And/or lamenting the fact that they'd also made it easy for those criminals to arm themselves so readily, maybe. Regardless, my earlier point that:-

the most compelling reason in favour of the 2nd Amendment is that the US citizenry needs the right to bear arms in order to have protection against itself - namely its criminal element, rather than against the government

stilll entirely stands, I believe. Being easily able to protect oneself by owning a firearm against one's fellow citizens (albeit the criminal ones) may be a happy (for a given value of "happy") coincidental result of the Second Amendment for today's world - but as we both know, it certainly wasn't the original core reason for that Amendment's formulation.
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PostPosted: Fri Aug 10, 2018 4:56 pm    Post subject: Reply with quote

I disagree that the 2nd amendment is what makes it easy for criminals to get guns. Most criminals don't have legal guns. They circumvent our laws and make use of the black market. If guns were illegal, it would be easier for criminals to get them than for law abiding citizens, so that the balance would shift in the favor of criminals without the 2nd amendment.

Now, granted, there might be fewer guns overall, even on the black market, if there were no 2nd amendment. But there would not be zero guns. And since law abiding citizens don't break the law (by definition), the criminals would still outgun us.

But let's imagine that there were zero guns even on the black market. Let's say knives were the weapon of choice (as in London). Do you really want to match a knife-wielding criminal with a knife of your own? I would rather get in a shootout than a knife fight . . . and the bigger the thug, the more this is true. Guns are equalizers. Little old ladies can defend themselves against thugs with a gun, whereas this is unrealistic with knives. So, in the zero gun scenario, the balance of power is always going to be with the thugs, even if we all have knives.

There is no way you can blame any of this on the 2nd amendment. Gun rights are the solution, not the problem. It has nothing to do with being stuck in a no-win loop. Gun rights are how we break out of the cycle of violence.
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PostPosted: Fri Aug 10, 2018 10:23 pm    Post subject: Reply with quote

Zarathustra wrote:
I disagree that the 2nd amendment is what makes it easy for criminals to get guns. Most criminals don't have legal guns. They circumvent our laws and make use of the black market.
And I disagree with you. It would seem self-evident that, if there's a ready supply of a product within a market, it's easier to get hold of that product, albeit illegally. By stealing a weapon, by going to a dealer prepared to turn a blind eye to process, by sourcing at a gun show, by buying privately or by any number of other ways.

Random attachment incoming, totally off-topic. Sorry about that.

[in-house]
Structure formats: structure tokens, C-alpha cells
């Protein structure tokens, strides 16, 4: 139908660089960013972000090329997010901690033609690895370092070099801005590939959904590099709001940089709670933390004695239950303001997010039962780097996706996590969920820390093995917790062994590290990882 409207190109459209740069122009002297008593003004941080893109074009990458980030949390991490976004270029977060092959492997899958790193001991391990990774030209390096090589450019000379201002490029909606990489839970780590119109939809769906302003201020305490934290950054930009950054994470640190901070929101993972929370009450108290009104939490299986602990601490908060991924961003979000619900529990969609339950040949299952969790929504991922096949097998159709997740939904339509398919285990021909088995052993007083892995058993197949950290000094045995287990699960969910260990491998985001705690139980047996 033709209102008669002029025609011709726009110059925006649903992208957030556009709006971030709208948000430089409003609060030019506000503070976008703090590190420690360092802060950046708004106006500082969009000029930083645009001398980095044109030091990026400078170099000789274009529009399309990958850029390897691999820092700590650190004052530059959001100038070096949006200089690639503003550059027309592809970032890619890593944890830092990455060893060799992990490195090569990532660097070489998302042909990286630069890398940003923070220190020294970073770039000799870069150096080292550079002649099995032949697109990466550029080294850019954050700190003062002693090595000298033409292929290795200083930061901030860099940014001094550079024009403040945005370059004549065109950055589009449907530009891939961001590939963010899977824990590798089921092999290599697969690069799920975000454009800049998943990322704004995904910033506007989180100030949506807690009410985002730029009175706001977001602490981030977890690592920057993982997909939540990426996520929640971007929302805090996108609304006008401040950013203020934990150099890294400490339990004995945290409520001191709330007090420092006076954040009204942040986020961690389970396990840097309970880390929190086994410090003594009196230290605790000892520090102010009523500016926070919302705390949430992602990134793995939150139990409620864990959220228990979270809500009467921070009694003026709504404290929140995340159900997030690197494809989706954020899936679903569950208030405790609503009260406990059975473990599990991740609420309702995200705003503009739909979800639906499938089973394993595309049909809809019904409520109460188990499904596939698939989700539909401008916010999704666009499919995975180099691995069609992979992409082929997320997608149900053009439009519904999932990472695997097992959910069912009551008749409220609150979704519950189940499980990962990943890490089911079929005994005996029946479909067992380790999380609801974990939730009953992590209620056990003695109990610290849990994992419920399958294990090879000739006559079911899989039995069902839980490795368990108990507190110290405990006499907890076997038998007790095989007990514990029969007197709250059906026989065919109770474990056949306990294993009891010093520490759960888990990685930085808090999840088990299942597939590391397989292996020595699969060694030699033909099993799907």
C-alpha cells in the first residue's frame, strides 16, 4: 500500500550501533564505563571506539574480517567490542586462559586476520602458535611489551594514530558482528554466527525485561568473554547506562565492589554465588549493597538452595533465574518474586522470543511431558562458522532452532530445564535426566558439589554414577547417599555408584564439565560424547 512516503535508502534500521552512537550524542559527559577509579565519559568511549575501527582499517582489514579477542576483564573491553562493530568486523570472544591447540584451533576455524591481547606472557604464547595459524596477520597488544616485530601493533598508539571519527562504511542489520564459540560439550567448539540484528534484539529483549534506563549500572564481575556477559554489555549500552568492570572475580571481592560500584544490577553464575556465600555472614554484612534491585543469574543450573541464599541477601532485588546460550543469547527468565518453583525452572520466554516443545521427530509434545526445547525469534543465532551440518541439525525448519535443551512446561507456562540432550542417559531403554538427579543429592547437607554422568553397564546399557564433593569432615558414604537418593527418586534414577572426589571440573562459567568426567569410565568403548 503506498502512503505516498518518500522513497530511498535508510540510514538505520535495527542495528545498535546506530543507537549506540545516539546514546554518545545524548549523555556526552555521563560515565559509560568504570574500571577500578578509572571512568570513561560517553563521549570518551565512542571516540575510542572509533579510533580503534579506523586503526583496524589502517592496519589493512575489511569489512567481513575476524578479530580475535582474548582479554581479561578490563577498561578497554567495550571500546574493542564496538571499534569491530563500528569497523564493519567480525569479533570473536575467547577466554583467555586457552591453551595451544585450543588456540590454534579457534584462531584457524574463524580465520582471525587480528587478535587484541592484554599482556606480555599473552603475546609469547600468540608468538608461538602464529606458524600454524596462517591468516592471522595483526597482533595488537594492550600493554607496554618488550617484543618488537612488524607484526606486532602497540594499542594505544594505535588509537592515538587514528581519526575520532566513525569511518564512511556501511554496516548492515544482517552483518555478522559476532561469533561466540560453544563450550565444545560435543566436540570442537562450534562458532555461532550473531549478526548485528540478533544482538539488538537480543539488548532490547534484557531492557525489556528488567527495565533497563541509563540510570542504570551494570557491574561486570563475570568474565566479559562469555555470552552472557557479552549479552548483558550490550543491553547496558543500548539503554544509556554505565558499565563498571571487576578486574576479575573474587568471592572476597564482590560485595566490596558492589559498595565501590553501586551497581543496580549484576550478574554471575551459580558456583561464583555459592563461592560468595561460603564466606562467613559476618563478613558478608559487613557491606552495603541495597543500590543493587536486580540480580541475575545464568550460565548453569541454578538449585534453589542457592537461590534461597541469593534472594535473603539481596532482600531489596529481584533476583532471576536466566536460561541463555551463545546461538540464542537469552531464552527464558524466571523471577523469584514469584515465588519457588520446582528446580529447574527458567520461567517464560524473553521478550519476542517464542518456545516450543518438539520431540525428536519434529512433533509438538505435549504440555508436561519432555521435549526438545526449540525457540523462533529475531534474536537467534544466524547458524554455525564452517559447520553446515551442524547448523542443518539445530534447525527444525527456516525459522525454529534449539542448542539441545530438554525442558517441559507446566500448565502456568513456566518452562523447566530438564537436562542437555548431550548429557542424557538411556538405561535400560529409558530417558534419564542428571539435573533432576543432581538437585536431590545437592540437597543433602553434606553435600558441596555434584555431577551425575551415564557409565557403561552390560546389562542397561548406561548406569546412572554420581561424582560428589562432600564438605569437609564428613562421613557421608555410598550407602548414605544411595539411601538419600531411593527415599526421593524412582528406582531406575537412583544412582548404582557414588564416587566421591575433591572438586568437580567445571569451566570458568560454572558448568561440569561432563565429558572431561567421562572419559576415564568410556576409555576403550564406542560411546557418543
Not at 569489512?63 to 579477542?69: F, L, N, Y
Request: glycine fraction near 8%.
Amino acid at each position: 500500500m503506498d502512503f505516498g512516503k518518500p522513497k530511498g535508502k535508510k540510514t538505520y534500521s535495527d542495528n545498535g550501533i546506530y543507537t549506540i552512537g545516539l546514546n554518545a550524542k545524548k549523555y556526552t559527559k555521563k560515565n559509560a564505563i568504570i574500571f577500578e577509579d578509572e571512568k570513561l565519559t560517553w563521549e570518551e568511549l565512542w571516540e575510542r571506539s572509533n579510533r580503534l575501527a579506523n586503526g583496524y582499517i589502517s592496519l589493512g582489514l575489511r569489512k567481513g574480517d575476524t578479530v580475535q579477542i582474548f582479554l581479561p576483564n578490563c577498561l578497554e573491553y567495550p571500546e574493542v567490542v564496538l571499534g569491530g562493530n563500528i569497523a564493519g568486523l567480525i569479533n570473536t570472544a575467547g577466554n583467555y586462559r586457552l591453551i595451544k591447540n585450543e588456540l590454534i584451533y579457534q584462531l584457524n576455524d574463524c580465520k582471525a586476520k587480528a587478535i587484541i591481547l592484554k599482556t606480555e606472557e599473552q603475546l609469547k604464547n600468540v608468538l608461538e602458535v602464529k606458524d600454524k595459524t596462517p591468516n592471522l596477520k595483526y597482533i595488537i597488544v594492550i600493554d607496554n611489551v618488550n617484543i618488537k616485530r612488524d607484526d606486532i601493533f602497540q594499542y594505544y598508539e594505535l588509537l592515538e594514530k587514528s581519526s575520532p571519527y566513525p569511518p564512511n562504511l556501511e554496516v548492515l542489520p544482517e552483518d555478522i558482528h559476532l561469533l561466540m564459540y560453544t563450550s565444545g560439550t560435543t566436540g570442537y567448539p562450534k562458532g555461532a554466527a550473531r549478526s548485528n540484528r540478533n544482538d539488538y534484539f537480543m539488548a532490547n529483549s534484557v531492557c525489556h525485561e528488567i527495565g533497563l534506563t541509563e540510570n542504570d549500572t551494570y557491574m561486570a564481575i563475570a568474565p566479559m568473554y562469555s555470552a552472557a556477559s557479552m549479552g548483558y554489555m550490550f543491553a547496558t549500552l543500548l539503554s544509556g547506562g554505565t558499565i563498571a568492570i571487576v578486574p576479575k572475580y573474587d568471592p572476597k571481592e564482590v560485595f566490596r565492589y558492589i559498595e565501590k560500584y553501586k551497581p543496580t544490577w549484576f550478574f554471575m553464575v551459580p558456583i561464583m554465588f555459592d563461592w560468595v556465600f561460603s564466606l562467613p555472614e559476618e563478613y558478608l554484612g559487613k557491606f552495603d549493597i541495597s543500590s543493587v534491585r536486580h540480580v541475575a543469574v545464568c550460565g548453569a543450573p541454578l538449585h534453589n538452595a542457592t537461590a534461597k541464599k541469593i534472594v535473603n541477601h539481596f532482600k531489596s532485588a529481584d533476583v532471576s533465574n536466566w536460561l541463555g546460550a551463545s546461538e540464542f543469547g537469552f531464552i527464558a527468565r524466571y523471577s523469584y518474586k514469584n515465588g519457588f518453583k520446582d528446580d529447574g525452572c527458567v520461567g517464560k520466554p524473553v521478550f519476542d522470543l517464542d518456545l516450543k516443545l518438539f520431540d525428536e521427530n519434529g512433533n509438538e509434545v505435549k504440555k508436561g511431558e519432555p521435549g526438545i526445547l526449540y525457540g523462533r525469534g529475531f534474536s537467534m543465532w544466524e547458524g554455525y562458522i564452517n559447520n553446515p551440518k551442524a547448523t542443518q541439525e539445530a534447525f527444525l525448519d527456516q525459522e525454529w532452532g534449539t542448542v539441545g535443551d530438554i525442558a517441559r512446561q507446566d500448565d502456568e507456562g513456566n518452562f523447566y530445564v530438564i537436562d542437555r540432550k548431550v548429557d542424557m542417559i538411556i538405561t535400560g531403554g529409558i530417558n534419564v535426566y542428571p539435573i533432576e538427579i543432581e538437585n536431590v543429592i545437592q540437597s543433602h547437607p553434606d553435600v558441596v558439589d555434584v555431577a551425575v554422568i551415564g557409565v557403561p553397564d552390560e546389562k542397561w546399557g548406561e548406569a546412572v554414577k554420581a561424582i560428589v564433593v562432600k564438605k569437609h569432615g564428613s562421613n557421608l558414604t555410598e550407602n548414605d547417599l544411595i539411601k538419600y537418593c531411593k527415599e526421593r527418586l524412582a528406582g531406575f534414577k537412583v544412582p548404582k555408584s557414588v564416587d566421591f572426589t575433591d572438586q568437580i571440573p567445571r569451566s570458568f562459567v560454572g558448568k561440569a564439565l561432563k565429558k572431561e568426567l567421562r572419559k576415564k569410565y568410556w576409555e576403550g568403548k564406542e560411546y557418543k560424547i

Zarathustra wrote:
If guns were illegal, it would be easier for criminals to get them than for law abiding citizens, so that the balance would shift in the favor of criminals without the 2nd amendment.
Yes, but the real point is that it would be far FAR harder for criminals to get their hands on them at all.

Zarathustra wrote:
Now, granted, there might be fewer guns overall, even on the black market, if there were no 2nd amendment. But there would not be zero guns. And since law abiding citizens don't break the law (by definition), the criminals would still outgun us.
Agreed - but in stressing that "outgunning", all you're doing is underlining my point (and I'll state it again) that:-

the most compelling reason in favour of the 2nd Amendment is that the US citizenry needs the right to bear arms in order to have protection against itself - namely its criminal element, rather than against the government

Zarathustra wrote:
But let's imagine that there were zero guns even on the black market. Let's say knives were the weapon of choice (as in London). Do you really want to match a knife-wielding criminal with a knife of your own? I would rather get in a shootout than a knife fight . . . and the bigger the thug, the more this is true. Guns are equalizers. Little old ladies can defend themselves against thugs with a gun, whereas this is unrealistic with knives. So, in the zero gun scenario, the balance of power is always going to be with the thugs, even if we all have knives.
This would seem to make sense - except if one looks at murder rates between the US and the UK... an old chestnut, I grant you, but an undoubtedly significant one. The fact remains that someone is roughly four and a half times more likely to get murdered in the US than in the UK according to these statistics. So despite there being the lack of "equalizers" in the UK, there is a very statistically significantly different and far lower murder rate. You don't think that's got anything to do with radically different gun ownership legislation and the resultant prevalence (or not) of firearms between the two nations? Really?

Zarathustra wrote:
There is no way you can blame any of this on the 2nd amendment. Gun rights are the solution, not the problem. It has nothing to do with being stuck in a no-win loop. Gun rights are how we break out of the cycle of violence.
I could not disagree more. Gun rights - which to a large extent I support in the US - represent the only halfway reasonable answer to an irresolvable problem caused by the widespread prevalence of guns in criminal hands the US, itself caused by the overall widespread prevalence of guns in the US, and that arising as a direct consequence of the Second Amendment. Guns are now how the law-abiding citizen may have a chance of protecting him- or herself against a cycle of violence being visited upon him or her.